The Dogs of the Dow is an investment strategy that gained popularity in the 1990’s which proposes that an investor buy and hold the 10 stocks from the 30 in the Dow Jones Industrial Average with the highest dividend yields each year. The reasoning is that because the dividends of Dow stocks don’t vary with the price of the stock and if we believe that a company’s dividend is a good measure of the value of a company then by buying companies with a high dividend yield, we’re systematically buying those companies that are at the bottom of their business cycle and are more likely to see the stock price increase faster than their lower yielding counterparts.
The Dogs of the Dow for 2011 are :
Because of the simplicity of the strategy and its good long-term track record, it gained a lot of traction in the 90’s. A closer look at recent performance, however, isn’t as encouraging. And investors can do much better by tweaking the screening criteria. The Dogs of the Dow strategy has actually only outperformed the Dow Jones Industrial Index in 5 of the last 15 years.
I would implore any investor thinking about the “Dogs” strategy to consider an alternative Index: The Dividend Aristocrats
The Dividend Aristocrats index is a list of those S&P 500 companies that have raised their dividends for at least 25 years in a row. This is generally regarded as an important testament to a company’s business model as well as management’s commitment to returning money to shareholders. The fact that a company has been able to increase its dividend for the last 25 years says a lot about its ability to weather a recession. For that reason, a lot of the names on the Dividend Aristocrats list would probably be considered pretty “boring” companies. I featured one such company awhile back, which has increased its dividend for the last 40 years at an average annual compound rate of 14%. Coca-Cola (NYSE:KO) is another one of my favorite examples and has increased its dividend for the last 48 years. The company went public in 1919 at $40 a share. Today, each share is worth over $250,000…without dividends reinvested. With the power of compounding dividends, each one of those KO shares is now worth $8.5 million and is throwing off $243,000 a year in dividends. That’s a bit of a digression into the power of compounding dividends over time (I couldn’t help myself) and the same mechanics of dividend reinvesting are at work with the Dogs of the Dow strategy as well so this isn’t unique to the Dividend Aristocrats…but is important about the Dividend Aristocrats is that:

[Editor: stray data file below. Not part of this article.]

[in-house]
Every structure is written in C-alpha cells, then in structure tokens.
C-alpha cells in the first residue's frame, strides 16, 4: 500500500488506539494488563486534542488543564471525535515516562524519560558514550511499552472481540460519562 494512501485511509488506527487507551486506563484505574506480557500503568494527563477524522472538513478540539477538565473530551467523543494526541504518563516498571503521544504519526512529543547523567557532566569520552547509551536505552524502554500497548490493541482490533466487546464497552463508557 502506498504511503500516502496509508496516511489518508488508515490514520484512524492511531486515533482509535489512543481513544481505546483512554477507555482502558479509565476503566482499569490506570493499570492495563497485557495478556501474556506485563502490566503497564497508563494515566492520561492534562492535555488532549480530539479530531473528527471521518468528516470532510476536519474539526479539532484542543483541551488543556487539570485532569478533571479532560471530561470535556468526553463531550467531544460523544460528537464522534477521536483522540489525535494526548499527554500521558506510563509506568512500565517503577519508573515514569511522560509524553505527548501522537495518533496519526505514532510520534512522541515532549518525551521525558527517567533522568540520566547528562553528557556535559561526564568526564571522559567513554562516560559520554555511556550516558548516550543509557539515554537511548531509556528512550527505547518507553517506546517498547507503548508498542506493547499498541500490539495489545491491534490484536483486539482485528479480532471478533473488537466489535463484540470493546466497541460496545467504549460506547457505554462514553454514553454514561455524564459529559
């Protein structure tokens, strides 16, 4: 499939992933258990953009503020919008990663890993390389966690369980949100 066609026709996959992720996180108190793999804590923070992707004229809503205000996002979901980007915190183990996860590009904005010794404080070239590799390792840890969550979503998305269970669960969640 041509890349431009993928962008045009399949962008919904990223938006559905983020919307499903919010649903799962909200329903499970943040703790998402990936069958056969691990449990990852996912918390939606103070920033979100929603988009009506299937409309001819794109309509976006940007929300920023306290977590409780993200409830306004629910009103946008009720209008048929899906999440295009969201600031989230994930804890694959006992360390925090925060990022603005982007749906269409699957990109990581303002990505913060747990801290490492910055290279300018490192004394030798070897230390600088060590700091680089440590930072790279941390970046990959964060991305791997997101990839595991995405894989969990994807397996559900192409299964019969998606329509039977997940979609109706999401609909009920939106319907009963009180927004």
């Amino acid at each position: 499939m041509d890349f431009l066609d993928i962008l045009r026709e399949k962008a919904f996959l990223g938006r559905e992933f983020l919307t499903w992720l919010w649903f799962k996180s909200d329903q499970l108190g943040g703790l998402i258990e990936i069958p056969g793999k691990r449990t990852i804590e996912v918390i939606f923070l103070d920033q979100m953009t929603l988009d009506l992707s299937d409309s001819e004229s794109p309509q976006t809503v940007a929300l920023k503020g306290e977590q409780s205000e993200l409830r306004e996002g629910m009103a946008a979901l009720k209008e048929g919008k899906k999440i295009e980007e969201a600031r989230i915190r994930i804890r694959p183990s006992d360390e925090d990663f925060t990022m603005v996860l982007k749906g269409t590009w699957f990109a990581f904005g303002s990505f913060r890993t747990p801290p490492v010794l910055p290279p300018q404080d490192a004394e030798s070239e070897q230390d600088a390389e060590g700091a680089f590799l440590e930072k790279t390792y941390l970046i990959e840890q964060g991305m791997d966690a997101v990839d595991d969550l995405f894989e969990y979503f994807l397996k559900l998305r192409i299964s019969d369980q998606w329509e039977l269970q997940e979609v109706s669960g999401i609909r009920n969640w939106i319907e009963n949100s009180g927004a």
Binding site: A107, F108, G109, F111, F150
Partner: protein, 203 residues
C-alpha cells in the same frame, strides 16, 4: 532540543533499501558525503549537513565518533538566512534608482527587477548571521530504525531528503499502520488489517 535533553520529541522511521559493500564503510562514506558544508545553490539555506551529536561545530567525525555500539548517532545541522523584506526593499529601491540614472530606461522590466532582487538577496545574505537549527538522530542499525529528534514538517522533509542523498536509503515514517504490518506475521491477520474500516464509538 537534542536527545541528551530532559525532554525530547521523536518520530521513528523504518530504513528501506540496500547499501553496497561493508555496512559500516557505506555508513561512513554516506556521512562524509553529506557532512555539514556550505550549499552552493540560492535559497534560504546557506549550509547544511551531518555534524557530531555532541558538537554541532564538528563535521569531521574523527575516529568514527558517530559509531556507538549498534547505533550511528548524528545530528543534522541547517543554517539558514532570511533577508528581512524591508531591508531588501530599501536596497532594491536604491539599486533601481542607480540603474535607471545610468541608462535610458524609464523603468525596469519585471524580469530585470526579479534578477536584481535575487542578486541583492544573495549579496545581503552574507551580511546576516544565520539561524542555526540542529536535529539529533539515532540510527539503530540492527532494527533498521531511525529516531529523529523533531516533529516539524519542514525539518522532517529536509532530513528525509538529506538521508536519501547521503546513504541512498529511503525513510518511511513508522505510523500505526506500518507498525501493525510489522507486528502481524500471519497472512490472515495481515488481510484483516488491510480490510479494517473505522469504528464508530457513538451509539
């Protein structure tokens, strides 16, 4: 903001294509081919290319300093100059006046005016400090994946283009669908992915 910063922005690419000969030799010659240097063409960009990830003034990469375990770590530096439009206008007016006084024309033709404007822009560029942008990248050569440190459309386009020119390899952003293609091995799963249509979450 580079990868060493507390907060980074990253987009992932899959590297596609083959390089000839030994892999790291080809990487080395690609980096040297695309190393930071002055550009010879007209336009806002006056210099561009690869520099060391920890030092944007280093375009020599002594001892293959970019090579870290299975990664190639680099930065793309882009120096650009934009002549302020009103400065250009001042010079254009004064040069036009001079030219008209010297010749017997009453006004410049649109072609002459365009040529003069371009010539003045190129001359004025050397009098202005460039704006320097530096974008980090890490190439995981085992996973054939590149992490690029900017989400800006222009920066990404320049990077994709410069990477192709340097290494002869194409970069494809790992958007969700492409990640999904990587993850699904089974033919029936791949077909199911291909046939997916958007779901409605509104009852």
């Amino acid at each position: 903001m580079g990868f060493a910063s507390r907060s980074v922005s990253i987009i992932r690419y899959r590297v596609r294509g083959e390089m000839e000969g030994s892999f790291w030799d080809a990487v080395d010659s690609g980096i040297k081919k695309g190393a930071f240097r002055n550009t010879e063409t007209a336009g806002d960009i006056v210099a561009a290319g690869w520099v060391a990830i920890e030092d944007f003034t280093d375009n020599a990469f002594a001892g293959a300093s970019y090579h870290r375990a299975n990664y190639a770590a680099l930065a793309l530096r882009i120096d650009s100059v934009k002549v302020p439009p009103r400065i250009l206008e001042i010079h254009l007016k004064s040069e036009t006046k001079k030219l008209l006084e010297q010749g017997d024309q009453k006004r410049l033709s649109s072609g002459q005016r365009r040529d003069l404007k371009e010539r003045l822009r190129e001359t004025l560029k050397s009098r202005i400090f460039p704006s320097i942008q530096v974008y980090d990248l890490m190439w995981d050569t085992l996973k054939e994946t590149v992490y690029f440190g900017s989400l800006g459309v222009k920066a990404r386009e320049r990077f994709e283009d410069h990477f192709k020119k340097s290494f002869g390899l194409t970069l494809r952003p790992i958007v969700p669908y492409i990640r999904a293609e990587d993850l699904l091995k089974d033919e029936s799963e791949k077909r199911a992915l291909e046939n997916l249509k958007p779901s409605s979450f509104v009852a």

(i) They’re selected from a larger universe of stocks (S&P 500 vs. Dow 30)
(ii) They’re companies that have increased dividends for the last 25 years
The first point is clearly beneficial because we’re casting a wider net. But the second one is really important because consistently rising dividends over such a long period of time actually convey alot information about the underlying company and its ability to weather different economic environments as well as management’s commitment to return money to shareholders. Dividends help identify well-managed companies; every dividend declaration represents a promise by management and a vote of confidence by the board of directors in the company's leadership. This is a subtle but important bit of information.
At first glance, small dividend increases don’t look like much but when you look at the cumulative effect of them over time vs. just picking the top 10 yielding Dow stocks, the results are impressive:
I also include the Dividend Achievers Index which represents those S&P companies that have a 10-year average annual dividend growth rate. As you can see, there appears to be a clear increase in performance when the more stringent criteria (such as that for the Dividend Aristocrats) is used.
One final point – not all Dividend Aristocrats are created equal. For the “lazy” investor that wants a completely passive strategy, then buy the index. But, with a little research you can distinguish between those DAs that are worth holding for the next 25 years vs. those that aren’t.